A Laboratory Guide
|(With Adobe DRM, readable with Adobe Digital Editions for PCs and Macs, and on most mobile devices except Kindle)|
Enhance your knowledge of neuroscience as it relates to rehabilitation with the first neuroscience laboratory guide designed just for rehabilitation students! This unique manual helps you easily identify the structures of the nervous system and gain a better understanding of the mechanism of the sensory and motor pathways and how they contribute to movement. Fourteen hands-on labs cover the internal and external structures of the CNS, as well as the ventricular system, cranial nerves, the meninges, blood supply, the muscle spindle and GTO, sensory and motor pathways, and the vestibular and visual systems. Numerous case studies illustrate spinal cord injury, brainstem, cranial nerves, and/or cerebrum dysfunction, helping you improve your clinical reasoning skills.Table of Contents
- Helps you develop your critical thinking skills in a hands-on lab environment. These skills, along with a solid understanding of the nervous system, are the bases for understanding movement, behavior, and occupational performance – all essential for rehabilitation professionals!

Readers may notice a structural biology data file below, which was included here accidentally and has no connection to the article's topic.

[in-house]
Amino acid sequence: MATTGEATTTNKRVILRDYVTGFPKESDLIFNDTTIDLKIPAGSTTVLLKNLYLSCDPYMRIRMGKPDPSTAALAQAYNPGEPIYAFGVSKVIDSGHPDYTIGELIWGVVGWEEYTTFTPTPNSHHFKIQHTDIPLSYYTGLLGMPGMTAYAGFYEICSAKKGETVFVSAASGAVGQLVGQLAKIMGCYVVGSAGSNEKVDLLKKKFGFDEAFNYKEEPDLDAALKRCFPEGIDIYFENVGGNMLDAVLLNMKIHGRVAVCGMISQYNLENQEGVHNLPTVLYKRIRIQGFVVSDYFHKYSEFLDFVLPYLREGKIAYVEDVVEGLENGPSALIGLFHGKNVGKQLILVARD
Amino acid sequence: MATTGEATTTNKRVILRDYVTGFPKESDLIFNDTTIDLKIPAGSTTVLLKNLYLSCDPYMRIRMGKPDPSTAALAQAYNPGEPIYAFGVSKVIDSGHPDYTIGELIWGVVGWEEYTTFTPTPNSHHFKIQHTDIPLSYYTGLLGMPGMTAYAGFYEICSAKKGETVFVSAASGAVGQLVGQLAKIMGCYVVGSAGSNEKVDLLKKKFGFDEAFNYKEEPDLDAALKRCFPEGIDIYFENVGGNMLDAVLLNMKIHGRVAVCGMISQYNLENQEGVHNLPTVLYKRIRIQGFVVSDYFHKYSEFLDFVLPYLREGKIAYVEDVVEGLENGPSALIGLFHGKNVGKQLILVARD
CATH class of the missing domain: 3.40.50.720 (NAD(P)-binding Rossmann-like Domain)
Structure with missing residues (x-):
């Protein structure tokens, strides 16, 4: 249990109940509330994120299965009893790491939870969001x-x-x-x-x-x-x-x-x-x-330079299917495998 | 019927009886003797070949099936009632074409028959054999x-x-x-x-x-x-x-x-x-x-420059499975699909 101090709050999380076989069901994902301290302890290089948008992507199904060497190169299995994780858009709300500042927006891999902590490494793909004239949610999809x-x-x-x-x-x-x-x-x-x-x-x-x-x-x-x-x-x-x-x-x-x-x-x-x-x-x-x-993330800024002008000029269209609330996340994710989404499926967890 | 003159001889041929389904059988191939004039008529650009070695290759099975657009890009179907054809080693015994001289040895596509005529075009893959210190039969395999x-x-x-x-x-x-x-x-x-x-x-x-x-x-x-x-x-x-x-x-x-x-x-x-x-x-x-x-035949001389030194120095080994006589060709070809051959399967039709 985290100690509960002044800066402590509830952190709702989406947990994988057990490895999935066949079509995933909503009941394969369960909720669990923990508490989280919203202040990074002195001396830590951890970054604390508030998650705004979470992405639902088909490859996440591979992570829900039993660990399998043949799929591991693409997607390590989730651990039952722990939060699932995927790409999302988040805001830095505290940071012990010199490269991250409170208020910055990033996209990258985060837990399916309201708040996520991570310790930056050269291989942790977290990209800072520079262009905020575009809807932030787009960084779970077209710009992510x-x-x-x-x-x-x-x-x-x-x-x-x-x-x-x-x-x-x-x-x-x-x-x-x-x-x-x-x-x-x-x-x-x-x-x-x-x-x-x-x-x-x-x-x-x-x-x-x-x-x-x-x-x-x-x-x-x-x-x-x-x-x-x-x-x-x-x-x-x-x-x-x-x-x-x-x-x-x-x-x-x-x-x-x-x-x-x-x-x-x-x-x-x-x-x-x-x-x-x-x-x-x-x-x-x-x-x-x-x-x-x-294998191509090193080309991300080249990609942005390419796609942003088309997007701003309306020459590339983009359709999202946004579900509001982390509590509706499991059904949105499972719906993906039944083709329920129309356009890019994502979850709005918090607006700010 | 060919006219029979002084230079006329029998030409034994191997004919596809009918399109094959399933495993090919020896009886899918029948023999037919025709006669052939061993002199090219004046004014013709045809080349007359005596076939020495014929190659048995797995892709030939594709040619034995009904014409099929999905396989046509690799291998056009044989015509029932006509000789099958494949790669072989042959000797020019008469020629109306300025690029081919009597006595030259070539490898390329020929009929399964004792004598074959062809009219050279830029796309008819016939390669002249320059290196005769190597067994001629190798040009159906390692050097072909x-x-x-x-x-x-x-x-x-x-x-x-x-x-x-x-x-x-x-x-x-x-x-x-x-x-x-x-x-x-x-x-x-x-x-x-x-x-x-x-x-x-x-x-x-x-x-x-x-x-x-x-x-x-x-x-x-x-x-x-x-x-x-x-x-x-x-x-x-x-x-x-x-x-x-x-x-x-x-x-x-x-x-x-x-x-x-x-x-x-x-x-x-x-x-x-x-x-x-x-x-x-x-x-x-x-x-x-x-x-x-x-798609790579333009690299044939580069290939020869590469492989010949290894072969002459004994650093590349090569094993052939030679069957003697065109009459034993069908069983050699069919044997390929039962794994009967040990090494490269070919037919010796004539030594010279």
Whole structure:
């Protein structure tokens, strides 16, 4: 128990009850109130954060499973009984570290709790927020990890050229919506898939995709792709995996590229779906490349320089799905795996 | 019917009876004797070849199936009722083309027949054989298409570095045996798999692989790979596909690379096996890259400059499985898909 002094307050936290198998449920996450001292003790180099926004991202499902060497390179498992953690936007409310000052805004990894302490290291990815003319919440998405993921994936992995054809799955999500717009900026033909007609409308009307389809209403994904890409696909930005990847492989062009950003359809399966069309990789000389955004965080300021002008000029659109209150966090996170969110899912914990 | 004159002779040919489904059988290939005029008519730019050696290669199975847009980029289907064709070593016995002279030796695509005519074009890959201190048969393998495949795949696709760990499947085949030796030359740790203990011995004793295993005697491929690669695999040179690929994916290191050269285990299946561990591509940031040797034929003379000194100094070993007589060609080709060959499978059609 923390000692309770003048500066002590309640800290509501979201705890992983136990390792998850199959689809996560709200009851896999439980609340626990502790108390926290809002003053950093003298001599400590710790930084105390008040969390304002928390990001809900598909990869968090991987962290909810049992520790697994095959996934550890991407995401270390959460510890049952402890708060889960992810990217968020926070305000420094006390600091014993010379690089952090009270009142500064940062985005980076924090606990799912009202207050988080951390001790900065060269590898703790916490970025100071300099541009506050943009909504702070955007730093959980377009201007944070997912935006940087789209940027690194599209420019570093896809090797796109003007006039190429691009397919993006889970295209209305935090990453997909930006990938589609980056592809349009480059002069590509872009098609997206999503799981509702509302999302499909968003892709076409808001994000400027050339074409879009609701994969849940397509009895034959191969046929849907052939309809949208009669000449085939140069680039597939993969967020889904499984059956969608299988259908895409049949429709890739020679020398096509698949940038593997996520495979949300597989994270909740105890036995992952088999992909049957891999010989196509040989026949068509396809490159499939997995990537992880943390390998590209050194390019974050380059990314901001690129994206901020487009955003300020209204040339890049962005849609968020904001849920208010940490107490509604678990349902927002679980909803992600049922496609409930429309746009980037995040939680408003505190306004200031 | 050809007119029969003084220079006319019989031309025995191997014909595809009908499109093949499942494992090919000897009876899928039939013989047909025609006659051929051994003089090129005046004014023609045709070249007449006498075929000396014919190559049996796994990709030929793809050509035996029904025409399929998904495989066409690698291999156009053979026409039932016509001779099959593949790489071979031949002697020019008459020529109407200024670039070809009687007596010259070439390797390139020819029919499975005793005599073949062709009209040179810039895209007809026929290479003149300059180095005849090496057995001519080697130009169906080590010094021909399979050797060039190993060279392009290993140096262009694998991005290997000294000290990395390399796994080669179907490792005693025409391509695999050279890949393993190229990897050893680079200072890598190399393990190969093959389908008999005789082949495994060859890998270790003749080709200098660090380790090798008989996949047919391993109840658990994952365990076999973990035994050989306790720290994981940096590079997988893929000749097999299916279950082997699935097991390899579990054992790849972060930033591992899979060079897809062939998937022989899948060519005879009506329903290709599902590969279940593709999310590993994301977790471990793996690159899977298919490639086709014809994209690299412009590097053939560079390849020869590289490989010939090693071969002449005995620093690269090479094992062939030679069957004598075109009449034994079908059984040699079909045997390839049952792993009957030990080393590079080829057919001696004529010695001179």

- Includes case studies that help you build clinical reasoning skills and bridge the gap between theory and practice.
- Student-focused approach allows you to choose from a list of neurological diagnoses and present the pathology as it would manifest in a typical patient – an effective method to help you retain what you’ve learned.
- A focus on clinical applications clearly demonstrates how a knowledge of neuroscience is important in day-to-day rehabilitation practice.
- Key anatomy exercises are presented with helpful illustrations so that you can better identify anatomical structures.
- Step-by-step directions help you find gross and specific structures of brain anatomy, pathways, and more.
- Can be used to supplement any major neuroscience textbook, enhancing your ability to make quantitative and qualitative observations in clinical practice.
By Roseann Cianciulli Schaaf; and Audrey Lynne Zapletal, MS, OTR/L, Instructor, Department of Occupational Therapy, School of Health Professions, Thomas Jefferson University, Philadelphia, PA